Australia: Fewer strawberries planted in Perth following needle crisis
Far fewer strawberries are to be planted in Perth in Western Australia this year, after growers took an estimated AUD$12 million hit on income last season because of the needle sabotage crisis, The West reported.
WA Strawberry Growers Association spokesman Jamie Michael said the exact reduction in plantings won’t be known for a few more weeks when growers in the area start to lay plastic on the ground, ahead of plantings to start in late March.
“However a lot of growers, including ourselves, will be reducing how much we plant,” he was quoted as saying.
“Strawberries are an expensive crop to put into the ground — about AUD$50,000 per hectare including plants, labor, plastic mulch and tents over the top.
“After the losses last year many growers simply won’t have the funds to plant their normal-sized crops, so plantings will be substantially down.”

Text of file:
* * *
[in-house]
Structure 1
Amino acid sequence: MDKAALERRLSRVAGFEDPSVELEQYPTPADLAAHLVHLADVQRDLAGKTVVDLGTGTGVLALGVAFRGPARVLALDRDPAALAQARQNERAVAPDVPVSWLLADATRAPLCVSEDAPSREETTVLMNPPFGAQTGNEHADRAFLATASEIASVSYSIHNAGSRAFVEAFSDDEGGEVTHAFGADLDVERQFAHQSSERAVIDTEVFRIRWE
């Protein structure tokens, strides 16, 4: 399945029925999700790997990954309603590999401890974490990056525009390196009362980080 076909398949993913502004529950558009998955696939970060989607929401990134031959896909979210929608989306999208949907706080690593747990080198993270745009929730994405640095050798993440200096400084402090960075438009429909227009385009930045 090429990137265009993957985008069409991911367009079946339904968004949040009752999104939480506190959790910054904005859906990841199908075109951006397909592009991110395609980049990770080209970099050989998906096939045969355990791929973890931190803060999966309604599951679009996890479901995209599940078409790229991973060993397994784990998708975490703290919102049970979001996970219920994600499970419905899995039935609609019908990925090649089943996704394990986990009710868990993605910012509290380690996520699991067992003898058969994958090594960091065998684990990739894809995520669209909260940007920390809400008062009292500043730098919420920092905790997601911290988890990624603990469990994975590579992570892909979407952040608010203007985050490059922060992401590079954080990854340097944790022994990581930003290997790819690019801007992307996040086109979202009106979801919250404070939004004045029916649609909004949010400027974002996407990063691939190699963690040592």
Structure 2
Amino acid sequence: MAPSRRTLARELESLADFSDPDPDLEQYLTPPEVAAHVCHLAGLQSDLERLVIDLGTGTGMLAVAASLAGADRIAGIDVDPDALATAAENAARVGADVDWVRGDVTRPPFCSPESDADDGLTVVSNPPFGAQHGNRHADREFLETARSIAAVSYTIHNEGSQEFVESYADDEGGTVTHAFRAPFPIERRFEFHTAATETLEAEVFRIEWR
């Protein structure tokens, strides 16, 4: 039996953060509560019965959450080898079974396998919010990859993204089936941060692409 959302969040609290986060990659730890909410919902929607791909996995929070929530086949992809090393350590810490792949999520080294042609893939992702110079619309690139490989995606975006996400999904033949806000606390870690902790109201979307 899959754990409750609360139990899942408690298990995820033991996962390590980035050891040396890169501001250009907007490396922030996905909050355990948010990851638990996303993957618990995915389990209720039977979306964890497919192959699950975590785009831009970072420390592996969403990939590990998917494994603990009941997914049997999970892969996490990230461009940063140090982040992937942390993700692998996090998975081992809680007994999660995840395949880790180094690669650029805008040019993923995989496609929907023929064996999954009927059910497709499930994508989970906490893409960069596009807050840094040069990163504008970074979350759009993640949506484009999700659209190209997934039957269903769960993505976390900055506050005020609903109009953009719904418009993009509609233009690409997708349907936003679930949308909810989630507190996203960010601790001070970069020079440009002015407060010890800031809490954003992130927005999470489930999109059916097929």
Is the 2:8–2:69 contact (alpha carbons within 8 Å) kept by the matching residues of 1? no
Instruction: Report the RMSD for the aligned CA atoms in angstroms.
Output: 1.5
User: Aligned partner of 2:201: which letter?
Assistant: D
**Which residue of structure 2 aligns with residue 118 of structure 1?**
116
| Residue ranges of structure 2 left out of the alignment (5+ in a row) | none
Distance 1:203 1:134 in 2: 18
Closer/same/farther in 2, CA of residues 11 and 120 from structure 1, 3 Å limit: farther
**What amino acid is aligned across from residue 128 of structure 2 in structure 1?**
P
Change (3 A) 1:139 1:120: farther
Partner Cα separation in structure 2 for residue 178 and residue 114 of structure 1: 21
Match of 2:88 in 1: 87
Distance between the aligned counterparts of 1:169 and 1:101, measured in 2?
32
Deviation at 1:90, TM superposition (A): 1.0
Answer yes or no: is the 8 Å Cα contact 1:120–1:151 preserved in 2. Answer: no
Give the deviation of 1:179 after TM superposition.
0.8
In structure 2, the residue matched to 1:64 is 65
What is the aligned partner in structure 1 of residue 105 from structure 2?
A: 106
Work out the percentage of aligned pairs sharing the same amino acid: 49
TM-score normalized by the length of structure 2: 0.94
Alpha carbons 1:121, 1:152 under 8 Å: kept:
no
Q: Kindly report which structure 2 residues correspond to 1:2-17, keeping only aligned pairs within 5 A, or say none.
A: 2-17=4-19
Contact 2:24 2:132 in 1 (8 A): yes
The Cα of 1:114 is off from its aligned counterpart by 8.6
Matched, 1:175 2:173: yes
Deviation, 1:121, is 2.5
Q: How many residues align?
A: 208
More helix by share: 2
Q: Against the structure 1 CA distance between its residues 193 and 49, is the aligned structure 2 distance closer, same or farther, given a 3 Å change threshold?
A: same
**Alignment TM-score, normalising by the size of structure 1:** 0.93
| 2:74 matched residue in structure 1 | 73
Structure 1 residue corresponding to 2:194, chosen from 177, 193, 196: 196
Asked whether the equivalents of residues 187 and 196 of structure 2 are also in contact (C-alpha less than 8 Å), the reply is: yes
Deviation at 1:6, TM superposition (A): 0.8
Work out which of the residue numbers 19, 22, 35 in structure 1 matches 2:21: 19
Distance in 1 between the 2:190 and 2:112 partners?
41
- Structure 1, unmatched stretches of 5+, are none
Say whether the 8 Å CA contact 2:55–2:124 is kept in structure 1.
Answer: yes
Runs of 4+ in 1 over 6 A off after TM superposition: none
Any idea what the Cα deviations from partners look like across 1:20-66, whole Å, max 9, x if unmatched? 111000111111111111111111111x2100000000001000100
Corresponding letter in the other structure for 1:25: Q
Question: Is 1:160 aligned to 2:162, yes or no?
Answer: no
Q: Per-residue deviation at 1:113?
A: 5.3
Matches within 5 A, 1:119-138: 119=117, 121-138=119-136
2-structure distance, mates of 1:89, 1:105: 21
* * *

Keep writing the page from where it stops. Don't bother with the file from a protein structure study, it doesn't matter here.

Michael, of Ti Produce at Bullsbrook, said strawberry farms on the outskirts of Perth averaged four to eight hectares and there were about 50 growers operating in the area.
Land which is not planted to strawberries is not used for alternative crops, rather a cover crop will be put on to protect the soil from wind, according to the article.
Michael said confidence from consumers had started to recover after farmworker My Ut Trinh was charged in Queensland over contaminating goods with the intent to cause economic loss.